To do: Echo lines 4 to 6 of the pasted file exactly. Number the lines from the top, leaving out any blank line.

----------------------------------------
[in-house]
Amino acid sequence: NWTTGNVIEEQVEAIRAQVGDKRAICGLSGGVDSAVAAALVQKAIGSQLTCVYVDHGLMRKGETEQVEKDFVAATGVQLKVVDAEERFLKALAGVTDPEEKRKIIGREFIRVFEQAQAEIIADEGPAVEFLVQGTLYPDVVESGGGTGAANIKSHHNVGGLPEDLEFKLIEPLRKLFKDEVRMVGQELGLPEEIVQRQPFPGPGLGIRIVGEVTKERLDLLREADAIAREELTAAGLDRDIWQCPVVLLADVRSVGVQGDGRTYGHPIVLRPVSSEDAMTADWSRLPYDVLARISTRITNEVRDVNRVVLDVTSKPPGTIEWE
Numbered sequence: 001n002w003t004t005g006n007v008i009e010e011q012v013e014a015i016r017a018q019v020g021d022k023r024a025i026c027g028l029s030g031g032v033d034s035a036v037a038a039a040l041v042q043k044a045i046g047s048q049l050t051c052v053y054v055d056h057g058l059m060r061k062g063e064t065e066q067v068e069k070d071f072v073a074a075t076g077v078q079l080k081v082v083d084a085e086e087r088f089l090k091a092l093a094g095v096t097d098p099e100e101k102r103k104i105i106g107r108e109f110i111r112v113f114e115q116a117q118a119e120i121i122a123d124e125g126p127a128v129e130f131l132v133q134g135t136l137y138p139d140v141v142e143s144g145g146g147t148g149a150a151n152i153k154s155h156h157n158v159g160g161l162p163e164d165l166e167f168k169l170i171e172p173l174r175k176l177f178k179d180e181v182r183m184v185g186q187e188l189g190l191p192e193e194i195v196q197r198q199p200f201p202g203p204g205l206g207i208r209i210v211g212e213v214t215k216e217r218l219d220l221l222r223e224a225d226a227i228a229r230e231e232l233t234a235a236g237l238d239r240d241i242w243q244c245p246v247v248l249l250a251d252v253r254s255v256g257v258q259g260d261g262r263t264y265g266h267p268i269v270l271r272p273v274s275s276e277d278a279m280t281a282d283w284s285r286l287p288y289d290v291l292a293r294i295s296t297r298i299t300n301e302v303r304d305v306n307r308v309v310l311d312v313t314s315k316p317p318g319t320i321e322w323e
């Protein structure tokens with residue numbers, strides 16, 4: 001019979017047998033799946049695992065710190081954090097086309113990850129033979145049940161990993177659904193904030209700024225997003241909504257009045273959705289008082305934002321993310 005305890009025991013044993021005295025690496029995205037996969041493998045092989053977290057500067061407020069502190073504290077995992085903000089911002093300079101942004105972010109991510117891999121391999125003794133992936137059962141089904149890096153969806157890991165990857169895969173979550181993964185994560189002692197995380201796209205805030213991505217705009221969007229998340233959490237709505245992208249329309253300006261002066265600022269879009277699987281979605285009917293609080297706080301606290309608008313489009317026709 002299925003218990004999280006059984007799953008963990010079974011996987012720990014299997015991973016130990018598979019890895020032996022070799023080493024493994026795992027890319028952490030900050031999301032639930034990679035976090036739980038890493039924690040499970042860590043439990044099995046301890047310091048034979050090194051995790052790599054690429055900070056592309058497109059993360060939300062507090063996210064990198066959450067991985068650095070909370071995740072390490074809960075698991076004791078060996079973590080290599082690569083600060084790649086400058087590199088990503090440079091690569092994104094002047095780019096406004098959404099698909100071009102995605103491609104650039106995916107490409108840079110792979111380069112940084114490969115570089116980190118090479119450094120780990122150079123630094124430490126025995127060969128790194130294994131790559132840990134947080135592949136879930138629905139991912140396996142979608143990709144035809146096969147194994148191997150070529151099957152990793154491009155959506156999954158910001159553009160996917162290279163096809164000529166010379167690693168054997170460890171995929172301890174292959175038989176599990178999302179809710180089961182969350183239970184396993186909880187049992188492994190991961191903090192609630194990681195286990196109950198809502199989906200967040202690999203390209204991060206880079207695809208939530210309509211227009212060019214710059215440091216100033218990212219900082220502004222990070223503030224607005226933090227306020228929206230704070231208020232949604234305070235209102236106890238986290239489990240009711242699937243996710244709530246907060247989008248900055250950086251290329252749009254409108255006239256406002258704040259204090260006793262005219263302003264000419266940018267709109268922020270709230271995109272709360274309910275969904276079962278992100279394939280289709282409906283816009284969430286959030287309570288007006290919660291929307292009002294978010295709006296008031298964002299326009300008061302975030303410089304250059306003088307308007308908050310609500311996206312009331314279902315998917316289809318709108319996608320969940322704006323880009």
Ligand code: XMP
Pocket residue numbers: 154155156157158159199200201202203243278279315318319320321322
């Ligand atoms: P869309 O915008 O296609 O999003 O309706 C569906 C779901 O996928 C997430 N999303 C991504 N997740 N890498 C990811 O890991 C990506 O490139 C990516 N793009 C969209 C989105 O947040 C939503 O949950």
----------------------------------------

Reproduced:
């Protein structure tokens with residue numbers, strides 16, 4: 001019979017047998033799946049695992065710190081954090097086309113990850129033979145049940161990993177659904193904030209700024225997003241909504257009045273959705289008082305934002321993310 005305890009025991013044993021005295025690496029995205037996969041493998045092989053977290057500067061407020069502190073504290077995992085903000089911002093300079101942004105972010109991510117891999121391999125003794133992936137059962141089904149890096153969806157890991165990857169895969173979550181993964185994560189002692197995380201796209205805030213991505217705009221969007229998340233959490237709505245992208249329309253300006261002066265600022269879009277699987281979605285009917293609080297706080301606290309608008313489009317026709 002299925003218990004999280006059984007799953008963990010079974011996987012720990014299997015991973016130990018598979019890895020032996022070799023080493024493994026795992027890319028952490030900050031999301032639930034990679035976090036739980038890493039924690040499970042860590043439990044099995046301890047310091048034979050090194051995790052790599054690429055900070056592309058497109059993360060939300062507090063996210064990198066959450067991985068650095070909370071995740072390490074809960075698991076004791078060996079973590080290599082690569083600060084790649086400058087590199088990503090440079091690569092994104094002047095780019096406004098959404099698909100071009102995605103491609104650039106995916107490409108840079110792979111380069112940084114490969115570089116980190118090479119450094120780990122150079123630094124430490126025995127060969128790194130294994131790559132840990134947080135592949136879930138629905139991912140396996142979608143990709144035809146096969147194994148191997150070529151099957152990793154491009155959506156999954158910001159553009160996917162290279163096809164000529166010379167690693168054997170460890171995929172301890174292959175038989176599990178999302179809710180089961182969350183239970184396993186909880187049992188492994190991961191903090192609630194990681195286990196109950198809502199989906200967040202690999203390209204991060206880079207695809208939530210309509211227009212060019214710059215440091216100033218990212219900082220502004222990070223503030224607005226933090227306020228929206230704070231208020232949604234305070235209102236106890238986290239489990240009711242699937243996710244709530246907060247989008248900055250950086251290329252749009254409108255006239256406002258704040259204090260006793262005219263302003264000419266940018267709109268922020270709230271995109272709360274309910275969904276079962278992100279394939280289709282409906283816009284969430286959030287309570288007006290919660291929307292009002294978010295709006296008031298964002299326009300008061302975030303410089304250059306003088307308007308908050310609500311996206312009331314279902315998917316289809318709108319996608320969940322704006323880009």
Ligand code: XMP
Pocket residue numbers: 154155156157158159199200201202203243278279315318319320321322